Margaret Thatcher, Mary Robinson, Gro Harlem Brundtland, Edith Cresson, and Simone Veil—these contemporary world leaders are as noteworthy for their gender as they are for the political directions they have provided. Indeed, female government leaders are so rare as to be almost an intellectual curiosity.
Why is this the case? Why do women, who make up more than half of the world’s population, occupy so few positions at the highest levels of political power? Why are women making inroads in government in some countries while not in others? And what difference does women’s presence—or absence—make in terms of policy outcomes?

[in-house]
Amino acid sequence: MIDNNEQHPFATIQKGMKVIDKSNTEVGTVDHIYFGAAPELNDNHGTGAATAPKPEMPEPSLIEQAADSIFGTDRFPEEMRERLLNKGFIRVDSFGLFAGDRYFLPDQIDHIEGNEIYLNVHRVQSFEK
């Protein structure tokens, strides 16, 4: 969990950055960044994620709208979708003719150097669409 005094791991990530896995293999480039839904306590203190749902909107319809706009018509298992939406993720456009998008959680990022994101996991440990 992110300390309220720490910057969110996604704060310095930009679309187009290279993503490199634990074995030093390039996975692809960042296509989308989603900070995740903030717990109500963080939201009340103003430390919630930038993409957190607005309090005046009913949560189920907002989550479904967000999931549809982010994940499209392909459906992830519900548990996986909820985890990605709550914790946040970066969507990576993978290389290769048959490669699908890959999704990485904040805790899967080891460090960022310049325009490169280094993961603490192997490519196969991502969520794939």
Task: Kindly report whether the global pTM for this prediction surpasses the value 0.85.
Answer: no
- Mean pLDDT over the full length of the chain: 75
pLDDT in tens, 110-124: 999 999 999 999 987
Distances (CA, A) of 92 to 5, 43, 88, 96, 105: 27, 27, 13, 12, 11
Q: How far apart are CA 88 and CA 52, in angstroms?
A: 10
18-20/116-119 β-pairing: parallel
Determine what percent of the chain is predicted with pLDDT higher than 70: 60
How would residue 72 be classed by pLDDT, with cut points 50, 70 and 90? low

Davis addresses these questions by examining women’s access to power through appointive channels in Western European parliamentary and parliamentary-type systems. Tracing women’s participation from 1968 to 1992 in fifteen countries, she accounts for the variation from high levels of women’s representation in Norway and Sweden to low levels in Italy and Britain.
Little research on women and elections extends beyond the United States and Britain. Even less exists on women’s access to power through appointive channels. By comparatively examining the elite recruitment of women through appointments, this work fills a critical gap.